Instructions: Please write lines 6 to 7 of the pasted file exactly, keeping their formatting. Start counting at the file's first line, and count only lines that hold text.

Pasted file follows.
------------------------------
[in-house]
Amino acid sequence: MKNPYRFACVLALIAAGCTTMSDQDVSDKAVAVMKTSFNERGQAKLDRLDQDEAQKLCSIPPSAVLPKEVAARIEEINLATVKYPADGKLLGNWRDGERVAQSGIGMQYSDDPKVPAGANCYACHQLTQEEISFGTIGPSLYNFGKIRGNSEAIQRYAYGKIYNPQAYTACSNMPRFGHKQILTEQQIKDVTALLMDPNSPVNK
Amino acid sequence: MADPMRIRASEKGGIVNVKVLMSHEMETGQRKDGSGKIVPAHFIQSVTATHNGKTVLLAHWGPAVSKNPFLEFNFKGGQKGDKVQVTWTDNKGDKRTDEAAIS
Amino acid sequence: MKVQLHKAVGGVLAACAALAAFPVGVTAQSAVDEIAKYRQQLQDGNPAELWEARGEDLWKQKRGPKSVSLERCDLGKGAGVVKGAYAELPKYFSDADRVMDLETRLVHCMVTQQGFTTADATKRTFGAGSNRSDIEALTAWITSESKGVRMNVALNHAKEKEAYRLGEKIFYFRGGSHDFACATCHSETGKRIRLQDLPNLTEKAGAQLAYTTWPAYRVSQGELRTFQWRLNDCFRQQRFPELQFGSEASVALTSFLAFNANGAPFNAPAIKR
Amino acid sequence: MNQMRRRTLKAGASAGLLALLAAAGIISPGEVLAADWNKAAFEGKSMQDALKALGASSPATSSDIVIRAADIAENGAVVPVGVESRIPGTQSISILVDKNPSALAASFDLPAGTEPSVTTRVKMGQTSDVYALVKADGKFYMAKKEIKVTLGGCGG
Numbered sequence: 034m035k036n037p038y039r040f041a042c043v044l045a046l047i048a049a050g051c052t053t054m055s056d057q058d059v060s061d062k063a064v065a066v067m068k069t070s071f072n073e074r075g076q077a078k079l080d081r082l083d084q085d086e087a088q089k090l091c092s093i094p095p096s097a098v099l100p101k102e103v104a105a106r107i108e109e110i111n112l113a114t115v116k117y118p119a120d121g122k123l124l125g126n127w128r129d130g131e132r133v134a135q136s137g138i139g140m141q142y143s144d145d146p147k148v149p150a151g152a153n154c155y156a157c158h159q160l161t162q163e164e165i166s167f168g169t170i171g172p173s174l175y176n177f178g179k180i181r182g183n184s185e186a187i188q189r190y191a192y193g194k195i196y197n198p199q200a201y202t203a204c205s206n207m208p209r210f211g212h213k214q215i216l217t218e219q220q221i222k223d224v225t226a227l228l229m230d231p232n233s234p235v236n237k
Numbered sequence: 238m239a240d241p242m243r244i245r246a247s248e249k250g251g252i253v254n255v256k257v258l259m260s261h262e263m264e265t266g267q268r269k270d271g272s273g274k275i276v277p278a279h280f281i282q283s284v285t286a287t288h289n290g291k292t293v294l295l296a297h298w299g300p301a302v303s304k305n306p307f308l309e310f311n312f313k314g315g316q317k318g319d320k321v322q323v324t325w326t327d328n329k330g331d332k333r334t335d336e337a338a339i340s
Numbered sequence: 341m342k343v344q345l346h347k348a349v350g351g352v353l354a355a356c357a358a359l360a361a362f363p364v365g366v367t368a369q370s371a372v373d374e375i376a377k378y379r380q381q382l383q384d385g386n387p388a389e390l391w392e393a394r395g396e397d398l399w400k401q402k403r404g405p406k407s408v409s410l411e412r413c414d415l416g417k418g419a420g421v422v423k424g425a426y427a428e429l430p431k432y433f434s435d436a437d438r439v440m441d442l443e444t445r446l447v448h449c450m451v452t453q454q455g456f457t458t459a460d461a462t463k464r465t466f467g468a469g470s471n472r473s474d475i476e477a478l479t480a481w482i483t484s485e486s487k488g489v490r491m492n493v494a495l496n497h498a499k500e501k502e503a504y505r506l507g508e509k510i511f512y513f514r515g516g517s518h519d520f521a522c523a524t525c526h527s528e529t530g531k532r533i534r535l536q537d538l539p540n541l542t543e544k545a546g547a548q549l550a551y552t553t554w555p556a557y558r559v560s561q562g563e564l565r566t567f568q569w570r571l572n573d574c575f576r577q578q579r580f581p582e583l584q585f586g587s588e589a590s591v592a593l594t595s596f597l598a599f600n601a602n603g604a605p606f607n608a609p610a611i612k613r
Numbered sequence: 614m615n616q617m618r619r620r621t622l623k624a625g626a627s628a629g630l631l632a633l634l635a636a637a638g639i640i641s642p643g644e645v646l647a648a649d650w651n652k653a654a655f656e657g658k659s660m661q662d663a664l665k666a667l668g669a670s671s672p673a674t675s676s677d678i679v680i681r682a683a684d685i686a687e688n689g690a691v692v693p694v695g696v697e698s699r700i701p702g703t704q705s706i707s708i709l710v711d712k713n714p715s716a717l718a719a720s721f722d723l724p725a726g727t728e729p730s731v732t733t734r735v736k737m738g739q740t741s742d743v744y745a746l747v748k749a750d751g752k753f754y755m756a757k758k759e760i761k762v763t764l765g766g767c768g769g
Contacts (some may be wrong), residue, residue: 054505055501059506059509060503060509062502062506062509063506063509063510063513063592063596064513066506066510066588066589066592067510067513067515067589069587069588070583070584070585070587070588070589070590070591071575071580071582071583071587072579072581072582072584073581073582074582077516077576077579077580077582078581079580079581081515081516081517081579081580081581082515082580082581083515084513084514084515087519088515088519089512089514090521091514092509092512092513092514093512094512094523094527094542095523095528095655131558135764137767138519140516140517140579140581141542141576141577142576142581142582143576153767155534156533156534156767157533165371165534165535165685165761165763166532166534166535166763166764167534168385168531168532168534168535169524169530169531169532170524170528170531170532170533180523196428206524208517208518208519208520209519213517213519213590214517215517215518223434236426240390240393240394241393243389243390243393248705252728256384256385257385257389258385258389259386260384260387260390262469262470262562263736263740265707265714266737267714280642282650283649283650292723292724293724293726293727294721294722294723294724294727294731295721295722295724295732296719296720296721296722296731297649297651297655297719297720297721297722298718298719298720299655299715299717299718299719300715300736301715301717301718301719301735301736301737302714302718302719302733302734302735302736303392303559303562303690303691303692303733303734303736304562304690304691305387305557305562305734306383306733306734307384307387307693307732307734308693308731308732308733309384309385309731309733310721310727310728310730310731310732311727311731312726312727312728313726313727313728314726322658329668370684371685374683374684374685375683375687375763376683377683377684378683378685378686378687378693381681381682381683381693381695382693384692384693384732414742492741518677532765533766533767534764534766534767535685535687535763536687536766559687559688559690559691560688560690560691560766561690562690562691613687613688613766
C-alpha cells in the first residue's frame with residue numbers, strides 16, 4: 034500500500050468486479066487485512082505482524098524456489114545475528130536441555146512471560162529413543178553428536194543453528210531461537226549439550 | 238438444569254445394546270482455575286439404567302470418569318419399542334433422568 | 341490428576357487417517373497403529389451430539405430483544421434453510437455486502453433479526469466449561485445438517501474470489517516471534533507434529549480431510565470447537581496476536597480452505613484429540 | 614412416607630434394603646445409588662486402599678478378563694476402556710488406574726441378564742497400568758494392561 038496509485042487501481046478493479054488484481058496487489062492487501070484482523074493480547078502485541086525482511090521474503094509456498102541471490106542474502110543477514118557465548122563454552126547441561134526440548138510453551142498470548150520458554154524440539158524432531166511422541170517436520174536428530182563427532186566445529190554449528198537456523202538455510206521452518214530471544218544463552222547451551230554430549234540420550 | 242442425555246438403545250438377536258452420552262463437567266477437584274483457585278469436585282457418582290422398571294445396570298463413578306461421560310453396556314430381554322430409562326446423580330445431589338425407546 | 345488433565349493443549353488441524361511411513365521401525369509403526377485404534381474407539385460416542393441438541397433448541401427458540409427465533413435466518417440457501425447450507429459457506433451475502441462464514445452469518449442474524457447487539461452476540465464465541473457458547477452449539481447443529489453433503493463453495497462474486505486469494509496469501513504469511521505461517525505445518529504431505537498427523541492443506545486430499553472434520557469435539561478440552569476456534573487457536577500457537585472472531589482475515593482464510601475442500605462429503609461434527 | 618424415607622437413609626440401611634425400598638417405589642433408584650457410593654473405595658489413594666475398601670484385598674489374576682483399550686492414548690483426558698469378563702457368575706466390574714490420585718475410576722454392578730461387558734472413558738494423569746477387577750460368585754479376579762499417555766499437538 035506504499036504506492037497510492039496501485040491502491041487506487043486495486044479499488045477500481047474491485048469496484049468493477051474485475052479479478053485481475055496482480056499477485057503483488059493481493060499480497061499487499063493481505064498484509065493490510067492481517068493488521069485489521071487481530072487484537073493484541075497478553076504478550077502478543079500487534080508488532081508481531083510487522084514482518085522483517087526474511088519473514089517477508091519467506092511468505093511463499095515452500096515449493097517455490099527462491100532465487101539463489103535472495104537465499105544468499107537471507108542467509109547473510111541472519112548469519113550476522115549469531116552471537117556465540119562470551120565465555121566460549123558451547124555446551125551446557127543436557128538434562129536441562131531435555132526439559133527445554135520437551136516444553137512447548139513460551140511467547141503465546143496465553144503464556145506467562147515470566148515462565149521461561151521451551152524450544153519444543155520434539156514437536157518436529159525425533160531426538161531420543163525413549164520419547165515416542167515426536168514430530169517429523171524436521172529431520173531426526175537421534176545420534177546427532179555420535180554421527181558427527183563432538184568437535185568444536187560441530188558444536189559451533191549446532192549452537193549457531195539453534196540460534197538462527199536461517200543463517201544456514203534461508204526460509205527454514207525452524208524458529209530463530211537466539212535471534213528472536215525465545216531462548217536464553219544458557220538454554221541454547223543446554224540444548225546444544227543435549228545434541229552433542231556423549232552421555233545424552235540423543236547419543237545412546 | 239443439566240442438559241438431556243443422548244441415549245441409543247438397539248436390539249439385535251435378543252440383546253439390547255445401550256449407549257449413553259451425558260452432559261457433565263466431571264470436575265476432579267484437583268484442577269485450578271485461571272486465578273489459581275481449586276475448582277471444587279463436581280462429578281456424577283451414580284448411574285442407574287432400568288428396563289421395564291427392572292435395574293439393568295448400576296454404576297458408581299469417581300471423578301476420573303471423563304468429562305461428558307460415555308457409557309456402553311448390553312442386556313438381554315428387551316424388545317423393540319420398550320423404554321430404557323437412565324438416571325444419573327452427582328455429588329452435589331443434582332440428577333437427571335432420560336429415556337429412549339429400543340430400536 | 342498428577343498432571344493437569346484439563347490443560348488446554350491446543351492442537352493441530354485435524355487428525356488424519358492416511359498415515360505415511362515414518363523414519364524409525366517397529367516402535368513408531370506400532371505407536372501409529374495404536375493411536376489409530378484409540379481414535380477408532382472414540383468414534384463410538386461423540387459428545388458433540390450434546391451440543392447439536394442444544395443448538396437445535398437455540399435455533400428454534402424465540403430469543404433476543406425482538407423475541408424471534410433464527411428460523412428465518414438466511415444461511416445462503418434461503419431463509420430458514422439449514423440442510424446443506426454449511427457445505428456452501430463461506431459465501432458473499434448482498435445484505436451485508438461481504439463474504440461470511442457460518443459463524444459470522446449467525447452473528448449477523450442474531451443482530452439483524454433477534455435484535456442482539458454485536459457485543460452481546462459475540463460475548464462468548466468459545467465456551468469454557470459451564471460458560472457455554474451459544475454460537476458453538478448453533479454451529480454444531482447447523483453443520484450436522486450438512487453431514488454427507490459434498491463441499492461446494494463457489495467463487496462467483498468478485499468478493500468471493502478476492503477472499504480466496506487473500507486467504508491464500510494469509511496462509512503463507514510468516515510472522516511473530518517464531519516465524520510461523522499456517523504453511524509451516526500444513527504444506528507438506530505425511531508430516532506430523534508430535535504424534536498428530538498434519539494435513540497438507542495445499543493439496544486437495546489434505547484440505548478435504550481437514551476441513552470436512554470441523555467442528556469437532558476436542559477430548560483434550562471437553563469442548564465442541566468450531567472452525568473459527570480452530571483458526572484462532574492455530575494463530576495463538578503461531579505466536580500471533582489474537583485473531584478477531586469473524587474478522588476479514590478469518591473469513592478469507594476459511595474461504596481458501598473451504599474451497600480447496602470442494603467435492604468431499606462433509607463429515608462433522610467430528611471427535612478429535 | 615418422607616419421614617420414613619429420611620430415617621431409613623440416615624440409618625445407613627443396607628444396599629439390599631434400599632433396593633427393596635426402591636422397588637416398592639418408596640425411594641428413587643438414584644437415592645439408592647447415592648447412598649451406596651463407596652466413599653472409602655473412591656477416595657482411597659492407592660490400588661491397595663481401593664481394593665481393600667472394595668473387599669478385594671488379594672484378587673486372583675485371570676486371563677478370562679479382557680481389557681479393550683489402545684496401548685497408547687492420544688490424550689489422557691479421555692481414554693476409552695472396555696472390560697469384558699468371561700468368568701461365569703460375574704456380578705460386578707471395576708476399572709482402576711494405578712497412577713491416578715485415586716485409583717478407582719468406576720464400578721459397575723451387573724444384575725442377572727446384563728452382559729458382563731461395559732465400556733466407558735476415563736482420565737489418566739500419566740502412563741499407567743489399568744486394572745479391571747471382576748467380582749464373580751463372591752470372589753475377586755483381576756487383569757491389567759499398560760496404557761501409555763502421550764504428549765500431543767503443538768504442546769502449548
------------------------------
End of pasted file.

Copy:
Numbered sequence: 034m035k036n037p038y039r040f041a042c043v044l045a046l047i048a049a050g051c052t053t054m055s056d057q058d059v060s061d062k063a064v065a066v067m068k069t070s071f072n073e074r075g076q077a078k079l080d081r082l083d084q085d086e087a088q089k090l091c092s093i094p095p096s097a098v099l100p101k102e103v104a105a106r107i108e109e110i111n112l113a114t115v116k117y118p119a120d121g122k123l124l125g126n127w128r129d130g131e132r133v134a135q136s137g138i139g140m141q142y143s144d145d146p147k148v149p150a151g152a153n154c155y156a157c158h159q160l161t162q163e164e165i166s167f168g169t170i171g172p173s174l175y176n177f178g179k180i181r182g183n184s185e186a187i188q189r190y191a192y193g194k195i196y197n198p199q200a201y202t203a204c205s206n207m208p209r210f211g212h213k214q215i216l217t218e219q220q221i222k223d224v225t226a227l228l229m230d231p232n233s234p235v236n237k
Numbered sequence: 238m239a240d241p242m243r244i245r246a247s248e249k250g251g252i253v254n255v256k257v258l259m260s261h262e263m264e265t266g267q268r269k270d271g272s273g274k275i276v277p278a279h280f281i282q283s284v285t286a287t288h289n290g291k292t293v294l295l296a297h298w299g300p301a302v303s304k305n306p307f308l309e310f311n312f313k314g315g316q317k318g319d320k321v322q323v324t325w326t327d328n329k330g331d332k333r334t335d336e337a338a339i340s